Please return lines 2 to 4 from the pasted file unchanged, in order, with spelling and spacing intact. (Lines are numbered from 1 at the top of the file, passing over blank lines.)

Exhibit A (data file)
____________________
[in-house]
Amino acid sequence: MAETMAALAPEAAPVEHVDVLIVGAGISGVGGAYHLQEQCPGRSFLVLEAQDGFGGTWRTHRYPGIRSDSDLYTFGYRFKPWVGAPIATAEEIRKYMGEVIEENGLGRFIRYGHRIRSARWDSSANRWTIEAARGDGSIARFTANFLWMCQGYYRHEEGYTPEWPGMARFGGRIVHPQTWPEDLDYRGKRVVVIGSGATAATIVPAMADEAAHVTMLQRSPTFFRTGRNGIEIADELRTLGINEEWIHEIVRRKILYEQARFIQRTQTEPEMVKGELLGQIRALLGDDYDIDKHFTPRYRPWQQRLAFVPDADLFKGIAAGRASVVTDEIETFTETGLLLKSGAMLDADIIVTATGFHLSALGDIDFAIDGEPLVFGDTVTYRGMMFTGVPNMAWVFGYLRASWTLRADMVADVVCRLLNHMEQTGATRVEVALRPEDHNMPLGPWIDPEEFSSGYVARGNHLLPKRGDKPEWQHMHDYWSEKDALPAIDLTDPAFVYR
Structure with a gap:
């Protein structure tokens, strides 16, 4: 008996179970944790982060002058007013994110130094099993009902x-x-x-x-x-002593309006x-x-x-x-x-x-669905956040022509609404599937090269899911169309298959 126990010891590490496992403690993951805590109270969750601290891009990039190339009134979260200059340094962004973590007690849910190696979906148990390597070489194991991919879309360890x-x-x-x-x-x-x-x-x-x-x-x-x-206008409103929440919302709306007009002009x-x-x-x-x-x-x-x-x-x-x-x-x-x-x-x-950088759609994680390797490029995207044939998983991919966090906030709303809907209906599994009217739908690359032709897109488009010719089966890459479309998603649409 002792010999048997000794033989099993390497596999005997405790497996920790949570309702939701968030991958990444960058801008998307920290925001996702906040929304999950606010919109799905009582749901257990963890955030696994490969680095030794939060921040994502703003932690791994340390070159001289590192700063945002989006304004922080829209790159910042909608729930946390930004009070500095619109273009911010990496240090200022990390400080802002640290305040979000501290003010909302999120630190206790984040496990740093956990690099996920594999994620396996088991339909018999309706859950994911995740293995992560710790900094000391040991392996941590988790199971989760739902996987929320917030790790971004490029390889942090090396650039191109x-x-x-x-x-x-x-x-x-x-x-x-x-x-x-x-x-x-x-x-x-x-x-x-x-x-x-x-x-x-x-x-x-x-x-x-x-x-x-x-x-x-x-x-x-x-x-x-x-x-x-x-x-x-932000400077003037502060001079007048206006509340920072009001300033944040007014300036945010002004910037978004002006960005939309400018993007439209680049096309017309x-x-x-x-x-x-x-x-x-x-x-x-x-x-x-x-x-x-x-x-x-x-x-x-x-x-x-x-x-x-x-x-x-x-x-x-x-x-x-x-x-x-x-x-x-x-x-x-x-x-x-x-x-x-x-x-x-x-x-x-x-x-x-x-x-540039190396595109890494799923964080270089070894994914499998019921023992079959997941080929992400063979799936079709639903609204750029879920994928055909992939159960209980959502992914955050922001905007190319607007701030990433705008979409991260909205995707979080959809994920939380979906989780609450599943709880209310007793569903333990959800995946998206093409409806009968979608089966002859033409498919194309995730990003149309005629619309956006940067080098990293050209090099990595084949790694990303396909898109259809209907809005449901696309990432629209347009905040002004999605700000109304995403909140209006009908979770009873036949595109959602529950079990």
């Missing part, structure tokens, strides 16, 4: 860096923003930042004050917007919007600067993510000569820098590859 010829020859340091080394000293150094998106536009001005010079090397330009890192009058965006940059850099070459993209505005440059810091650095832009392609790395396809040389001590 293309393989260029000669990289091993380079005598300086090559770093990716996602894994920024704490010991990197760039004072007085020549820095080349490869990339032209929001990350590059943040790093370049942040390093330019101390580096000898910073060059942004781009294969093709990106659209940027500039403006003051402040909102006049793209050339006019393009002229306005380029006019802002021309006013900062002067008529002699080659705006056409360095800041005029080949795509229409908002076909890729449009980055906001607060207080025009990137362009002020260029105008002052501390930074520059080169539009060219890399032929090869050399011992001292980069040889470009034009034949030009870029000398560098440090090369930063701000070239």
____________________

Amino acid sequence: MAETMAALAPEAAPVEHVDVLIVGAGISGVGGAYHLQEQCPGRSFLVLEAQDGFGGTWRTHRYPGIRSDSDLYTFGYRFKPWVGAPIATAEEIRKYMGEVIEENGLGRFIRYGHRIRSARWDSSANRWTIEAARGDGSIARFTANFLWMCQGYYRHEEGYTPEWPGMARFGGRIVHPQTWPEDLDYRGKRVVVIGSGATAATIVPAMADEAAHVTMLQRSPTFFRTGRNGIEIADELRTLGINEEWIHEIVRRKILYEQARFIQRTQTEPEMVKGELLGQIRALLGDDYDIDKHFTPRYRPWQQRLAFVPDADLFKGIAAGRASVVTDEIETFTETGLLLKSGAMLDADIIVTATGFHLSALGDIDFAIDGEPLVFGDTVTYRGMMFTGVPNMAWVFGYLRASWTLRADMVADVVCRLLNHMEQTGATRVEVALRPEDHNMPLGPWIDPEEFSSGYVARGNHLLPKRGDKPEWQHMHDYWSEKDALPAIDLTDPAFVYR
Structure with a gap:
């Protein structure tokens, strides 16, 4: 008996179970944790982060002058007013994110130094099993009902x-x-x-x-x-002593309006x-x-x-x-x-x-669905956040022509609404599937090269899911169309298959 126990010891590490496992403690993951805590109270969750601290891009990039190339009134979260200059340094962004973590007690849910190696979906148990390597070489194991991919879309360890x-x-x-x-x-x-x-x-x-x-x-x-x-206008409103929440919302709306007009002009x-x-x-x-x-x-x-x-x-x-x-x-x-x-x-x-950088759609994680390797490029995207044939998983991919966090906030709303809907209906599994009217739908690359032709897109488009010719089966890459479309998603649409 002792010999048997000794033989099993390497596999005997405790497996920790949570309702939701968030991958990444960058801008998307920290925001996702906040929304999950606010919109799905009582749901257990963890955030696994490969680095030794939060921040994502703003932690791994340390070159001289590192700063945002989006304004922080829209790159910042909608729930946390930004009070500095619109273009911010990496240090200022990390400080802002640290305040979000501290003010909302999120630190206790984040496990740093956990690099996920594999994620396996088991339909018999309706859950994911995740293995992560710790900094000391040991392996941590988790199971989760739902996987929320917030790790971004490029390889942090090396650039191109x-x-x-x-x-x-x-x-x-x-x-x-x-x-x-x-x-x-x-x-x-x-x-x-x-x-x-x-x-x-x-x-x-x-x-x-x-x-x-x-x-x-x-x-x-x-x-x-x-x-x-x-x-x-932000400077003037502060001079007048206006509340920072009001300033944040007014300036945010002004910037978004002006960005939309400018993007439209680049096309017309x-x-x-x-x-x-x-x-x-x-x-x-x-x-x-x-x-x-x-x-x-x-x-x-x-x-x-x-x-x-x-x-x-x-x-x-x-x-x-x-x-x-x-x-x-x-x-x-x-x-x-x-x-x-x-x-x-x-x-x-x-x-x-x-x-540039190396595109890494799923964080270089070894994914499998019921023992079959997941080929992400063979799936079709639903609204750029879920994928055909992939159960209980959502992914955050922001905007190319607007701030990433705008979409991260909205995707979080959809994920939380979906989780609450599943709880209310007793569903333990959800995946998206093409409806009968979608089966002859033409498919194309995730990003149309005629619309956006940067080098990293050209090099990595084949790694990303396909898109259809209907809005449901696309990432629209347009905040002004999605700000109304995403909140209006009908979770009873036949595109959602529950079990």